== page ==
The last polls from The Post/ABC and Fox News confirm that there really is no leader in the pre-primary jostling for the 2016 presidential nomination. Among Republicans, according to the Fox poll, nearly one-third don’t think five candidates (New Jersey Gov. Chris Christie, former Florida governor Jeb Bush, Kentucky Sen. Rand Paul and Texas Sen. Ted Cruz) would make a good president. None gets more than 50 percent. Likewise, when The Post/ABC News poll asked whom they would consider voting for and whom they definitely wouldn’t vote for, Jeb Bush (who may well not run) would be considered by over 61 percent while most other contenders weighed in under 50 percent. Many like Wisconsin Gov. Scott Walker are barely known nationally within his own party.

Sen. Ted Cruz (R-Tex.) aftre his marathon speech against Obamacare. (J. Scott Applewhite/Associated Press) Sen. Ted Cruz (R-Tex.) (J. Scott Applewhite/Associated Press)

That suggests that while political junkies have fixed views of the contenders, most Republicans don’t. There’s a great opportunity to introduce or reintroduce candidates to the voters. That process goes on in gatherings like CPAC, in free media and, especially for those on the ballot in 2014, in the retail political settings they will need to master on a much larger scale. But even there, only a small segment of the country is tuned in.

One does, however, get the sense of who has potential and who has a message that will resonate among primary voters. Here at CPAC several of the contenders played to type. Cruz was flawless in his delivery and roamed the stage with no script.

His message was a mix of straw men — those in the party who only want to fiddle with Obamacare and those like him who want to get rid of it, those who stand for “nothing” and those like him that stand for principle — but his list of policy positions was drearily familiar boilerplate (get rid of Obamacare, a flat tax, school choice, term limits, a balanced budget and even audit the Fed –a play for the Paulite voters, no doubt). He vaguely referred to the shutdown, still claiming the high ground because “people said” Obamacare couldn’t be ended. (Umm, they were right, weren’t they?) He did however raise Ukraine and Israel as part of his indictment of the administration’s record.  His showmanship was greeted enthusiastically, although the message was anything but new.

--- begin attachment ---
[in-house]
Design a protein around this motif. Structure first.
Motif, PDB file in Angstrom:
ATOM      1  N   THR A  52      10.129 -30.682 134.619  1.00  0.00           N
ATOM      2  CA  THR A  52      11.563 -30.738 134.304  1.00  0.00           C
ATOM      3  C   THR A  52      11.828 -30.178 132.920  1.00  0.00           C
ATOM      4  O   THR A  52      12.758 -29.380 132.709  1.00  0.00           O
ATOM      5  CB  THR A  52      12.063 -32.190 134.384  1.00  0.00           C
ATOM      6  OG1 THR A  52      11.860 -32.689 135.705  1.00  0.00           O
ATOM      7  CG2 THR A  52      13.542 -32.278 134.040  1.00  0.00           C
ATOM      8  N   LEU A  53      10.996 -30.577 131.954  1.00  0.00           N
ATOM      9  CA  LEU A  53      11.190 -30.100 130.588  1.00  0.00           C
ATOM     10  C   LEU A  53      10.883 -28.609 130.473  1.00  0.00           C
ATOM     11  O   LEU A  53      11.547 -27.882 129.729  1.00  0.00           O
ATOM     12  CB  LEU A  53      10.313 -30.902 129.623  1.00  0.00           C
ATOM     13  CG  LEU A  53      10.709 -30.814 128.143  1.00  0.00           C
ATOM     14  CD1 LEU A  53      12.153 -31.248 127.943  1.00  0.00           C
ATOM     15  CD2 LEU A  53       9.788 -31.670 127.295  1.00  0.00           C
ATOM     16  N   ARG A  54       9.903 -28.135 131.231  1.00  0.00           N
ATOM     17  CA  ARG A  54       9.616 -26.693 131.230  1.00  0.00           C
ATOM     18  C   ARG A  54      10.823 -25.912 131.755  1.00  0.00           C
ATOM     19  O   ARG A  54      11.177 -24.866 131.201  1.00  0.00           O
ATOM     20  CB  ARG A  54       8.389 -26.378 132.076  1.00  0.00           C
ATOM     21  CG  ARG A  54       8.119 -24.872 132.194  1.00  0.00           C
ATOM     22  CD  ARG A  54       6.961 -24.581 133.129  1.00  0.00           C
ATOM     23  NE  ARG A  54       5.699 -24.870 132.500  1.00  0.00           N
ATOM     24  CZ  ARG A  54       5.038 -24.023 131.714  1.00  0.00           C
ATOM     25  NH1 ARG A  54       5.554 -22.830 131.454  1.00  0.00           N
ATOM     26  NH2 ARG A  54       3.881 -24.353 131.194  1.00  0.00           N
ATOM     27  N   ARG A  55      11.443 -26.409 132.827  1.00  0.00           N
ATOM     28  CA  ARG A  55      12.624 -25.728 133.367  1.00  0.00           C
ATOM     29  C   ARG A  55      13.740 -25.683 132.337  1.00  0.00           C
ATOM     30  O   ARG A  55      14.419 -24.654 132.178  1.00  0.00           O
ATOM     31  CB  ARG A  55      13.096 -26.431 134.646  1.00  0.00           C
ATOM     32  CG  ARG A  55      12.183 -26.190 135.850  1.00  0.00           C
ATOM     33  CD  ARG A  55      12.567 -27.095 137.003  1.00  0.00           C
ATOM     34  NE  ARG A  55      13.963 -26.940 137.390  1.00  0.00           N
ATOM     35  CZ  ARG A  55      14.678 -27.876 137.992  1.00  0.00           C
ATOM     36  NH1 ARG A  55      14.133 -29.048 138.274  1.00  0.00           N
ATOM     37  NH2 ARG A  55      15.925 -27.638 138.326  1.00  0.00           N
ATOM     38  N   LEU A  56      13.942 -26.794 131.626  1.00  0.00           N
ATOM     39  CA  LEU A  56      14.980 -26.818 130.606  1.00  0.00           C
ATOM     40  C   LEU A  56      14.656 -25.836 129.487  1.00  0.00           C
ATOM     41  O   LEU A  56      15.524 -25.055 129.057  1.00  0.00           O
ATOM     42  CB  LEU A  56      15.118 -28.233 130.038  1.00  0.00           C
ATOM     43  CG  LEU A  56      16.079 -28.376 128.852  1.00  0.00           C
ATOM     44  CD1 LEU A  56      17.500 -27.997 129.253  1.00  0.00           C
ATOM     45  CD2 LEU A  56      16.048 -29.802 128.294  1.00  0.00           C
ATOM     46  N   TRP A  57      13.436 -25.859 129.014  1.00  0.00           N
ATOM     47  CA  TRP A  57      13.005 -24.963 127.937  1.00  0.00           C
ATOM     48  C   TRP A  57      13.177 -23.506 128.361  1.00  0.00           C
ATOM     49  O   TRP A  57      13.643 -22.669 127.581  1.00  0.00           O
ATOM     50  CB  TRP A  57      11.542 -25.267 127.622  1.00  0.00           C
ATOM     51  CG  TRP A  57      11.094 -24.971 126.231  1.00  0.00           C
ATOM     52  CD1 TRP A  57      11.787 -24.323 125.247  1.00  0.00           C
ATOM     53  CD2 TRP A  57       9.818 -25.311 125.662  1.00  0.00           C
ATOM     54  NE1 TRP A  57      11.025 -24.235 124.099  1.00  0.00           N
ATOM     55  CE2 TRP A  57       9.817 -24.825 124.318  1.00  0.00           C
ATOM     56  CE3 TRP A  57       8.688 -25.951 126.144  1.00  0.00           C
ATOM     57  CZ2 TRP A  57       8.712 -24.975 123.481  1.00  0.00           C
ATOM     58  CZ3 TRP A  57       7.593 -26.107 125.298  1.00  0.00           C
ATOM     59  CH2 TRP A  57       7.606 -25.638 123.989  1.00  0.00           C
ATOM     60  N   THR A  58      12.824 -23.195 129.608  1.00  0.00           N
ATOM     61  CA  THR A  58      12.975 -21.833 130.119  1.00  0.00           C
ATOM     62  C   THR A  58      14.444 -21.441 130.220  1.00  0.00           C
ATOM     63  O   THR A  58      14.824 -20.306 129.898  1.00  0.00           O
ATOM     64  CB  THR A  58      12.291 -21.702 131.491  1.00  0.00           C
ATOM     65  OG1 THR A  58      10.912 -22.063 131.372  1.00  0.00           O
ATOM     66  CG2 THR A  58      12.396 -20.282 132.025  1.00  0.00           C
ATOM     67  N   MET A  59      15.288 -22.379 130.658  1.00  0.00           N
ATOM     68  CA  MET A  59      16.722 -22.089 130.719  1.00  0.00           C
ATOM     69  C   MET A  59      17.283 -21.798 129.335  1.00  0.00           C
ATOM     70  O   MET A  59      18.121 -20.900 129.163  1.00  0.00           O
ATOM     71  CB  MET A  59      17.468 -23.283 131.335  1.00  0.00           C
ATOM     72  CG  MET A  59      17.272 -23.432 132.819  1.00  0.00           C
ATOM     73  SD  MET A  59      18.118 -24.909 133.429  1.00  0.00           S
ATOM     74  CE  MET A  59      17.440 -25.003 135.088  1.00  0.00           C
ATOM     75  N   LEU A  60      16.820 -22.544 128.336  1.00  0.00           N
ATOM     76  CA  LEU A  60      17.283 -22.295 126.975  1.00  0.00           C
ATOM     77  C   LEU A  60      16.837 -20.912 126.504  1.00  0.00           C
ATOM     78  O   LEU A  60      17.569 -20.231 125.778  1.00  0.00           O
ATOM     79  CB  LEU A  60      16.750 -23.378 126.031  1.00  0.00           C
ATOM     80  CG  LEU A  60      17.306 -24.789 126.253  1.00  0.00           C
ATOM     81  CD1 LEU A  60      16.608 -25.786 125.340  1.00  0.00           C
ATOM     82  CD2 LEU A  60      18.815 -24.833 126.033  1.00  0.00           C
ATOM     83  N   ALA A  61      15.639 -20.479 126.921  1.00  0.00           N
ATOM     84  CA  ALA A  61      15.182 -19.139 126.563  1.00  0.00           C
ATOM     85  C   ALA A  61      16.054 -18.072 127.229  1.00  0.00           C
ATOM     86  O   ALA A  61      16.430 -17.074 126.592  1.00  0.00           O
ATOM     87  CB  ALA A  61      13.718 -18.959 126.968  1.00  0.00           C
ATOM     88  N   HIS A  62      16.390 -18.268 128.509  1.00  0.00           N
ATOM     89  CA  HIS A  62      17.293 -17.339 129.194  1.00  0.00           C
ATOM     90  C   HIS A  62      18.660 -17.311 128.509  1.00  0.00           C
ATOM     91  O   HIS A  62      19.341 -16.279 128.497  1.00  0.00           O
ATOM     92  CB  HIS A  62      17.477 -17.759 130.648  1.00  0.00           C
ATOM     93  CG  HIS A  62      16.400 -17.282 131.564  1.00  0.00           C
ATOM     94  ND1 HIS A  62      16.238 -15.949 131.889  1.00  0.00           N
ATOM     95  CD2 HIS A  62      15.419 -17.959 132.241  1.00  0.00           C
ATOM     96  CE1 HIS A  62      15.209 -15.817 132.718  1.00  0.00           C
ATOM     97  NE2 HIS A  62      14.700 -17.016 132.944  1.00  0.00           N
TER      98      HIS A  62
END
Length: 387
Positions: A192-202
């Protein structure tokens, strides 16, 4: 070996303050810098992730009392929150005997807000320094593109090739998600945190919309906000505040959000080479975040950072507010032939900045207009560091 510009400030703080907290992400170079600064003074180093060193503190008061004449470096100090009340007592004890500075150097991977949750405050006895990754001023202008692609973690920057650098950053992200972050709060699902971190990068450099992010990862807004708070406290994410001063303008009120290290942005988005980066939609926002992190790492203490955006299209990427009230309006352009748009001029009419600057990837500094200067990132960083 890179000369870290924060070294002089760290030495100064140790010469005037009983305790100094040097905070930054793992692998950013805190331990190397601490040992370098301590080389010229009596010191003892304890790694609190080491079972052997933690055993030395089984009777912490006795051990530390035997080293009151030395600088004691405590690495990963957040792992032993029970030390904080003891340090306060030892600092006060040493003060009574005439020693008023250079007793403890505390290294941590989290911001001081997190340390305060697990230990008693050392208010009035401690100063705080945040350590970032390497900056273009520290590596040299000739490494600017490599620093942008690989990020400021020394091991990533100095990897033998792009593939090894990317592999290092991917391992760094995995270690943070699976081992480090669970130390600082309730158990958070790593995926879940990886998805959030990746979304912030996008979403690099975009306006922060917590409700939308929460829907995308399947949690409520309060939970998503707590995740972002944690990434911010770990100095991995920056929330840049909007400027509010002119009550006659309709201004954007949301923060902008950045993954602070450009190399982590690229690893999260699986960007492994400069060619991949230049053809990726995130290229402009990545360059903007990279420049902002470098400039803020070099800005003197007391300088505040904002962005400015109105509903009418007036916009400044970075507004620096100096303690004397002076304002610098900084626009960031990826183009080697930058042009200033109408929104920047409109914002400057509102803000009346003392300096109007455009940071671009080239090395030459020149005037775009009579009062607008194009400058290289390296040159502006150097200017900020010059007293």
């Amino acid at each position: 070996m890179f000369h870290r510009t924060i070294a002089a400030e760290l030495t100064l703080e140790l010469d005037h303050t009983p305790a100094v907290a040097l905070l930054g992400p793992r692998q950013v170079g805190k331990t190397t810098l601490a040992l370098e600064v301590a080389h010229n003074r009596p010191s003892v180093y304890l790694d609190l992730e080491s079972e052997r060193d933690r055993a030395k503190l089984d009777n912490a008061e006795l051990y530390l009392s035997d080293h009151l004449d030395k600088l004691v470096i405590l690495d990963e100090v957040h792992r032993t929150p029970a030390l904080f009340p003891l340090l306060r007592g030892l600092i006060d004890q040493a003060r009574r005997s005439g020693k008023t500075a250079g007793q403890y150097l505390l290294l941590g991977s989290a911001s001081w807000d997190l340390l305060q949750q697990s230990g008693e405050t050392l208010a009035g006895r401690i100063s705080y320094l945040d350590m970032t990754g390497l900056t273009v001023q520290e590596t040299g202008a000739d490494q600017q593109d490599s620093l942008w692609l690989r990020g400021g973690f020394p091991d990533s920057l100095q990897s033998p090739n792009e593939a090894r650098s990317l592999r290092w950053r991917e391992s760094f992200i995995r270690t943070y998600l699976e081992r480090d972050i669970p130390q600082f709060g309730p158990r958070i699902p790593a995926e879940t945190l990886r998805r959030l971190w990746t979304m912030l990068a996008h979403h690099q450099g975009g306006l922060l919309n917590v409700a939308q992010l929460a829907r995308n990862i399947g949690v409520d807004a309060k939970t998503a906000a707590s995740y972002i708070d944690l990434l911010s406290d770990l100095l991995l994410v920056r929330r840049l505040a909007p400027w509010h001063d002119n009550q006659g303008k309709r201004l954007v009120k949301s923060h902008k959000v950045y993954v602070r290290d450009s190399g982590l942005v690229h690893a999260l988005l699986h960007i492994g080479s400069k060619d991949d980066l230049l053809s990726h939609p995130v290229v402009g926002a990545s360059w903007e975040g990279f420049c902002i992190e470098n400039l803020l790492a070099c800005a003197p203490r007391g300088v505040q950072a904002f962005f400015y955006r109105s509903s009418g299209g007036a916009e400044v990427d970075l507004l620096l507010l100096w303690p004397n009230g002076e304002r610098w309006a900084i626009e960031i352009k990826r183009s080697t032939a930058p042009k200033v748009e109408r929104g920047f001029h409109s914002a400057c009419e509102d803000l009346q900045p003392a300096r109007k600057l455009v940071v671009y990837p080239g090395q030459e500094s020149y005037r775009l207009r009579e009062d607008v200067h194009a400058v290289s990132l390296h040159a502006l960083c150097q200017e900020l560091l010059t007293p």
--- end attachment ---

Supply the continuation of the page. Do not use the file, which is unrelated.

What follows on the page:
At the other end of the rhetorical scale Rep. Paul Ryan (R-Wis.) delivered in sober and quiet terms his optimism that the party’s differences are largely tactical, that the left is exhausted and that big government has been discredited. He listed the policy ideas and accomplishments — of other Republicans. “The way I see it, let the other side be the party of personalities. We’ll be the party of ideas, ” he said. “And I’m optimistic about our chances—because the Left? The Left isn’t just out of ideas. It’s out of touch. Take Obamacare. We now know that this law will discourage millions of people from working. And the Left thinks this is a good thing. They say, ‘Hey, this is a new freedom—the freedom not to work.’ But I don’t think the problem is too many people are working—I think the problem is not enough people can find work. And if people leave the workforce, our economy will shrink—there will be less opportunity, not more. So the Left is making a big mistake here. What they’re offering people is a full stomach—and an empty soul. The American people want more than that.” It was philosophical and policy-centric — and decidedly unlike a presidential stump speech.

And then there are the wildcards. Former United States Ambassador John Bolton delivered a pugnacious speech in defense of American power. “The biggest national security crisis is Barack Obama.” His message — “We must make the world safe for ourselves” — was posed as a contrast to Obama, but implicitly also against the more expansive policy of democracy proposition championed by President  He boldly called out isolationists within his own party and called for conservatives not to ignore national security. He showed some rhetorical flare, bringing the crowd to its feet on the indictment of Hillary Clinton. (” We know what difference it makes!”) And perhaps most important he tied her to the president – the “Obama-Hillary Clinton, John Kerry, Joe Biden” foreign policy.

If ever there was a wide-open field with a range of rhetorical styles. However, for all the strains and stresses there are fewer deep policy conflicts than ever before. Even on foreign policy Obama has pulled the GOP together. Bolton’s message was well-received, but might not have been before Putin invaded Ukraine and the Iran threat was magnified by the P5+1 deal. This will put a high premium in 2016 on campaign skill, organization and ground game. But it also may favor freshness — something those who have their stump speech already down pat.”